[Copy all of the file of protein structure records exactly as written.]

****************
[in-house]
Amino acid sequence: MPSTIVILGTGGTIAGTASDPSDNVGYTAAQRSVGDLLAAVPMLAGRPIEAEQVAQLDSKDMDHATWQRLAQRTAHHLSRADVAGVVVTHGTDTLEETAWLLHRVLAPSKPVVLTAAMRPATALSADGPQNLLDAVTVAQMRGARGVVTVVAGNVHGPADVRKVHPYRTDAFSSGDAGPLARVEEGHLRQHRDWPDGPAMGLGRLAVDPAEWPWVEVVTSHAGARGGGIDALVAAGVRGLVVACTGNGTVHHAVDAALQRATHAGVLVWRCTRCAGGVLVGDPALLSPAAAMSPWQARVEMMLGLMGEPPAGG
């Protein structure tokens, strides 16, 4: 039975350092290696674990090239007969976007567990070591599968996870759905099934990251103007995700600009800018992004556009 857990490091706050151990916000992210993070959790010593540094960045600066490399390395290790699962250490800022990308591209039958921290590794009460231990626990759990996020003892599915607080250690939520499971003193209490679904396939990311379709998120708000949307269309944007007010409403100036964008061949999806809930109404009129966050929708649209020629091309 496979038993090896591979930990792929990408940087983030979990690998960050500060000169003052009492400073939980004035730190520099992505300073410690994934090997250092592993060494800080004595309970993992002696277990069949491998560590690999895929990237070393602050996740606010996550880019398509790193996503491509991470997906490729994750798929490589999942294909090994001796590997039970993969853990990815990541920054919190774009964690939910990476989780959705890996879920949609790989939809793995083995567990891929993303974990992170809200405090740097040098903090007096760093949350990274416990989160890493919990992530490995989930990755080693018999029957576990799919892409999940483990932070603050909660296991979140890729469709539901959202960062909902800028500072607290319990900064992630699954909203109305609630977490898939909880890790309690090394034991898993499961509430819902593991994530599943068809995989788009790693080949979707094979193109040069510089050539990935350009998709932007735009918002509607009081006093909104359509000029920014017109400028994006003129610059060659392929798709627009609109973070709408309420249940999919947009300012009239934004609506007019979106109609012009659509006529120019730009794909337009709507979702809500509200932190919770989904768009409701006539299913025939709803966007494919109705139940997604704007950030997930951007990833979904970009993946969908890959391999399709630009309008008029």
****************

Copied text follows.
[in-house]
Amino acid sequence: MPSTIVILGTGGTIAGTASDPSDNVGYTAAQRSVGDLLAAVPMLAGRPIEAEQVAQLDSKDMDHATWQRLAQRTAHHLSRADVAGVVVTHGTDTLEETAWLLHRVLAPSKPVVLTAAMRPATALSADGPQNLLDAVTVAQMRGARGVVTVVAGNVHGPADVRKVHPYRTDAFSSGDAGPLARVEEGHLRQHRDWPDGPAMGLGRLAVDPAEWPWVEVVTSHAGARGGGIDALVAAGVRGLVVACTGNGTVHHAVDAALQRATHAGVLVWRCTRCAGGVLVGDPALLSPAAAMSPWQARVEMMLGLMGEPPAGG
């Protein structure tokens, strides 16, 4: 039975350092290696674990090239007969976007567990070591599968996870759905099934990251103007995700600009800018992004556009 857990490091706050151990916000992210993070959790010593540094960045600066490399390395290790699962250490800022990308591209039958921290590794009460231990626990759990996020003892599915607080250690939520499971003193209490679904396939990311379709998120708000949307269309944007007010409403100036964008061949999806809930109404009129966050929708649209020629091309 496979038993090896591979930990792929990408940087983030979990690998960050500060000169003052009492400073939980004035730190520099992505300073410690994934090997250092592993060494800080004595309970993992002696277990069949491998560590690999895929990237070393602050996740606010996550880019398509790193996503491509991470997906490729994750798929490589999942294909090994001796590997039970993969853990990815990541920054919190774009964690939910990476989780959705890996879920949609790989939809793995083995567990891929993303974990992170809200405090740097040098903090007096760093949350990274416990989160890493919990992530490995989930990755080693018999029957576990799919892409999940483990932070603050909660296991979140890729469709539901959202960062909902800028500072607290319990900064992630699954909203109305609630977490898939909880890790309690090394034991898993499961509430819902593991994530599943068809995989788009790693080949979707094979193109040069510089050539990935350009998709932007735009918002509607009081006093909104359509000029920014017109400028994006003129610059060659392929798709627009609109973070709408309420249940999919947009300012009239934004609506007019979106109609012009659509006529120019730009794909337009709507979702809500509200932190919770989904768009409701006539299913025939709803966007494919109705139940997604704007950030997930951007990833979904970009993946969908890959391999399709630009309008008029």